Sort of. Ever hear tell of something called Stockholm Syndrome?

CStanley July 21, 2014 at 7:05 am

Not just Stockholm syndrome, but likely also a situation of “the enemy of my enemy” in many cases.

Don’t know that much about the Native American history but I’m guessing the tribes were mixed on their alliances to the newly forming nation. And again, just hazarding a guess, those who allied with the Continental Army were mixed, some supporting the creation of the new Republic while others just deciding they could deal with the Colonials more than the Brits.

This is like my ancestors in Poland, who seem to have fought alongside Napoleon’s army. They weren’t Francophiles, they just hated the Prussians more and decided to trust the promise of restoration of their nation.

Dave Schuler July 21, 2014 at 7:35 am

I think it’s difficult to explain somebody like Ely Parker using either of those explanations. I would also caution against circular reasoning.

Frequently the simplest explanation is the best.

PD Shaw July 21, 2014 at 8:01 am

The most famous Native American contribution to the American Revolution were the Iroquois Confederacy. About two-thirds sided with the British and a third with the Colonists — it became a civil war.

PD Shaw July 21, 2014 at 8:03 am

As I recall, the breakdown of the Iroquois members broke down in terms of proximity. Those living closest to the colonist, sided with them, while those closest to the British forts, like the Mohawks, sided with the British.

michael reynolds July 22, 2014 at 6:04 am

It’s a bit crazy to describe getting along with whoever had the nearest cannon as “patriotism.”

Dave Schuler July 22, 2014 at 6:43 am

Michael, you might want to listen to the testimony of the Native American code-talkers. They fit my description pretty well and your preconceived notions not at all.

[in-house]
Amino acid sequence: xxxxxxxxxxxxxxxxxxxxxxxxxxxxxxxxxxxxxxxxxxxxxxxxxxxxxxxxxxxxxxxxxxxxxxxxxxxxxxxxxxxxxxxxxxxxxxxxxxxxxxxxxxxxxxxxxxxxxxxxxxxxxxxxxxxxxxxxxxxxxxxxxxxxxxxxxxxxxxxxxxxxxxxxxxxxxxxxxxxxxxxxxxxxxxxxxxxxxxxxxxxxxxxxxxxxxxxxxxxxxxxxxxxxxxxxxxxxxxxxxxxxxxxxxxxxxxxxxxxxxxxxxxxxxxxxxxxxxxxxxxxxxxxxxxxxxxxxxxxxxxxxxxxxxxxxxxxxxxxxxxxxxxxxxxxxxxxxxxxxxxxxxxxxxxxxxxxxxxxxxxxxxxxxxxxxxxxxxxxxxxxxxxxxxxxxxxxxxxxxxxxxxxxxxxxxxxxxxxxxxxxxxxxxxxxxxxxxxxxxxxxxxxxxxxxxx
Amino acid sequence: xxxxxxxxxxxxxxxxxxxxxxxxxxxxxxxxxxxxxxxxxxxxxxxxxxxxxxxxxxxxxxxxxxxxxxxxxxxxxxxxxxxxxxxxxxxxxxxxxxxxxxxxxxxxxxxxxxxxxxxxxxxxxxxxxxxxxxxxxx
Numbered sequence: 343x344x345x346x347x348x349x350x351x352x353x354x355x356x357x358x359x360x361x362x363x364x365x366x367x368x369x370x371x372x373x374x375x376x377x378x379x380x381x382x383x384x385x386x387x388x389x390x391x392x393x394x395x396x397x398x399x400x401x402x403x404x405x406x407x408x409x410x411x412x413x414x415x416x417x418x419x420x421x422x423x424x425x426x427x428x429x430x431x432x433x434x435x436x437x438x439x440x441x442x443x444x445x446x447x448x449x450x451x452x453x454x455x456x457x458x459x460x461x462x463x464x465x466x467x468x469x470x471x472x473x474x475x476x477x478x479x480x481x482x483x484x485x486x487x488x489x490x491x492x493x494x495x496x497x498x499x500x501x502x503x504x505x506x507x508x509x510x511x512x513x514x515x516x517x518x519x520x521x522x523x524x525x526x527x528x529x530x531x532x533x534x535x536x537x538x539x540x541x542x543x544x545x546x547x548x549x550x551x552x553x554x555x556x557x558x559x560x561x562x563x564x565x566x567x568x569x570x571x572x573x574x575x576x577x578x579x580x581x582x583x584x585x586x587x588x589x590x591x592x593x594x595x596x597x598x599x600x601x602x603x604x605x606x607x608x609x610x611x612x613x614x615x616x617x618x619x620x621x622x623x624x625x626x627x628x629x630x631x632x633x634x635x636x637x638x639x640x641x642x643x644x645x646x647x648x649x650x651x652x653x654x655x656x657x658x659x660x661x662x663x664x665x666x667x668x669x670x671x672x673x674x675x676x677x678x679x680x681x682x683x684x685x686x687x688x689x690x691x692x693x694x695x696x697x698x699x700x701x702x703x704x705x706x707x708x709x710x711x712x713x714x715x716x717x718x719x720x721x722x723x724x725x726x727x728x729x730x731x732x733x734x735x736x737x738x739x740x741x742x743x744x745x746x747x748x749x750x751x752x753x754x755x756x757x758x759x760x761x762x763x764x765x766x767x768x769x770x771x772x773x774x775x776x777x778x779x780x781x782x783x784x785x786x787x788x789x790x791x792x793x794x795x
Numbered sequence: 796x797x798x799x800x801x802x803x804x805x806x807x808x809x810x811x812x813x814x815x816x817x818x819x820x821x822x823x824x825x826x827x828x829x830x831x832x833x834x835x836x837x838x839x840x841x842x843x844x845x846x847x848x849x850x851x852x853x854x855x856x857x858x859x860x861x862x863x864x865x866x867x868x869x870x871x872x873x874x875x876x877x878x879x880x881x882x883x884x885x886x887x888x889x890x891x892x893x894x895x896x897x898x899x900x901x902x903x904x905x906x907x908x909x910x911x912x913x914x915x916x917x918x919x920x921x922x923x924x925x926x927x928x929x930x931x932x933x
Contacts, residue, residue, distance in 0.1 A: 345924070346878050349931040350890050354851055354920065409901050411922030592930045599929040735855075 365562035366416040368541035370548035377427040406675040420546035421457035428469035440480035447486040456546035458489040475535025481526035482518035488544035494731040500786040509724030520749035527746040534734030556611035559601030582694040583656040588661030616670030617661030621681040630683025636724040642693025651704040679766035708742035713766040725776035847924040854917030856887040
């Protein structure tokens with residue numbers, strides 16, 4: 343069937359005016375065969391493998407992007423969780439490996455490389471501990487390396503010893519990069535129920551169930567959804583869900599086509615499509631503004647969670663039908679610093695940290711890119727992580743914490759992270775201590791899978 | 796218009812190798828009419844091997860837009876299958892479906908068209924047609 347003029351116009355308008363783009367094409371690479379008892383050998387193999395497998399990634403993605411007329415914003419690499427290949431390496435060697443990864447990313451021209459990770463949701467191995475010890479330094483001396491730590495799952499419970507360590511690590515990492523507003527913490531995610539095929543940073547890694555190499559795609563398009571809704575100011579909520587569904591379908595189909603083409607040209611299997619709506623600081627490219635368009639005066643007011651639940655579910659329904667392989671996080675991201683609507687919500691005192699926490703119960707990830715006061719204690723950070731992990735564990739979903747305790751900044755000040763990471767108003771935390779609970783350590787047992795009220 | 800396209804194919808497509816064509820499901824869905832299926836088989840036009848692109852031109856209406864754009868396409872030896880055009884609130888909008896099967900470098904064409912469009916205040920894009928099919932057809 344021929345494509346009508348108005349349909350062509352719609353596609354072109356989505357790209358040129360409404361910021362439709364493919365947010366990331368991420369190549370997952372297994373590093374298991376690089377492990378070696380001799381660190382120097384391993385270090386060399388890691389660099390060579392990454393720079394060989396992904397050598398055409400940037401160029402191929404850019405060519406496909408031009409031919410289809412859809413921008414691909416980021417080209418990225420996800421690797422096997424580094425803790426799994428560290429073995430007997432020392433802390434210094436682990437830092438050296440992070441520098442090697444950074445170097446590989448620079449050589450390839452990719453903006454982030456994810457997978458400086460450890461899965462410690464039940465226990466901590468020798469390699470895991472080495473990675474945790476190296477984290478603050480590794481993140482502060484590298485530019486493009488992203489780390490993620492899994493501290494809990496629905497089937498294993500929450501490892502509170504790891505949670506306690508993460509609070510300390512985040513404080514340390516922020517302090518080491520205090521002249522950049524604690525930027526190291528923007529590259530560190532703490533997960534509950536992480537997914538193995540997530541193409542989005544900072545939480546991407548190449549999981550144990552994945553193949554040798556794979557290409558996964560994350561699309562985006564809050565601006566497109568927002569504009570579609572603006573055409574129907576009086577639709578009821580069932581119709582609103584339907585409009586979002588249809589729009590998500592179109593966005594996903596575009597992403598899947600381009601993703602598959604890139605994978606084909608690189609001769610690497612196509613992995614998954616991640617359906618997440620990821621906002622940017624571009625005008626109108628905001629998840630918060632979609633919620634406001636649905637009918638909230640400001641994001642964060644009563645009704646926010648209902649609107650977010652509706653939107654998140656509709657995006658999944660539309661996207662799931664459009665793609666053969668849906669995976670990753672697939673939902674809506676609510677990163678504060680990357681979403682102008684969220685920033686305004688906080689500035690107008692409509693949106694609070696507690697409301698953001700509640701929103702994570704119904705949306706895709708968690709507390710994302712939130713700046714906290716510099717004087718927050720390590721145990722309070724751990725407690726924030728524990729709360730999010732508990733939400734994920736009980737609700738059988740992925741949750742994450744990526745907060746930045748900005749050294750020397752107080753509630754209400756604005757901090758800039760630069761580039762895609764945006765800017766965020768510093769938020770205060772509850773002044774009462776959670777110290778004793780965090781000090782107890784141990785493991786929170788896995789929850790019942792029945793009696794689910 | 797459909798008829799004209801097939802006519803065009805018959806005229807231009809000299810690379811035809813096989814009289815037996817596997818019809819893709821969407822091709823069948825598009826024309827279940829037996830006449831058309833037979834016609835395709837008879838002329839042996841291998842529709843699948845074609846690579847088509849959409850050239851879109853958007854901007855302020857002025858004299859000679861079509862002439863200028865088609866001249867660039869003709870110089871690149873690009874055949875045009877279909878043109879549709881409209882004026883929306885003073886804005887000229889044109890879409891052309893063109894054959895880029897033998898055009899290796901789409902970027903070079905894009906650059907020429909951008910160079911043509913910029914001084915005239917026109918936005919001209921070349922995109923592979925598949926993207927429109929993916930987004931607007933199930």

michael reynolds July 23, 2014 at 5:42 pm

dave:

I’m a bit at a loss to understand your point. The Code Talkers were in 1942 onward. Obviously I was talking about the preceding 300 years or so. And I’m well aware of African-American patriotism, I wrote a quickie kid non-fiction on Benjamin Davis Jr., the commander of the Tuskegee Airmen. (Quickie, low-budget contract work.) I did phone interviews with a couple of the surviving airmen. I am unashamed to admit I could barely keep my composure talking to them.

I kind of thought my time frame was obvious. Apparently not.

Dave Schuler July 24, 2014 at 7:53 am

I’m a bit at a loss to understand your point. The Code Talkers were in 1942 onward.

You have apparently lost track of your own argument. Here’s what began the sidebar discussion:

But as to efficient brutality, ask African-Americans and what’s left of Native Americans and the survivors of Yokohama and Nagasaki whether they think Americans are sweethearts.

To which I responded that Native Americans and African-Americans are Americans, adding a remark about the notable patriotism of African-Americans and Native Americans, something I think is obvious and indisputable to anyone with firsthand experience.

Other than through seances we are unable to ask Native Americans or African-Americans of 300 years ago anything. Consequently, the context of your argument must be the present and in the present Native Americans and African-Americans overall at least by my observation are more patriotic than, say, the average American.

I think that my argument is pretty clear and yours is muddled.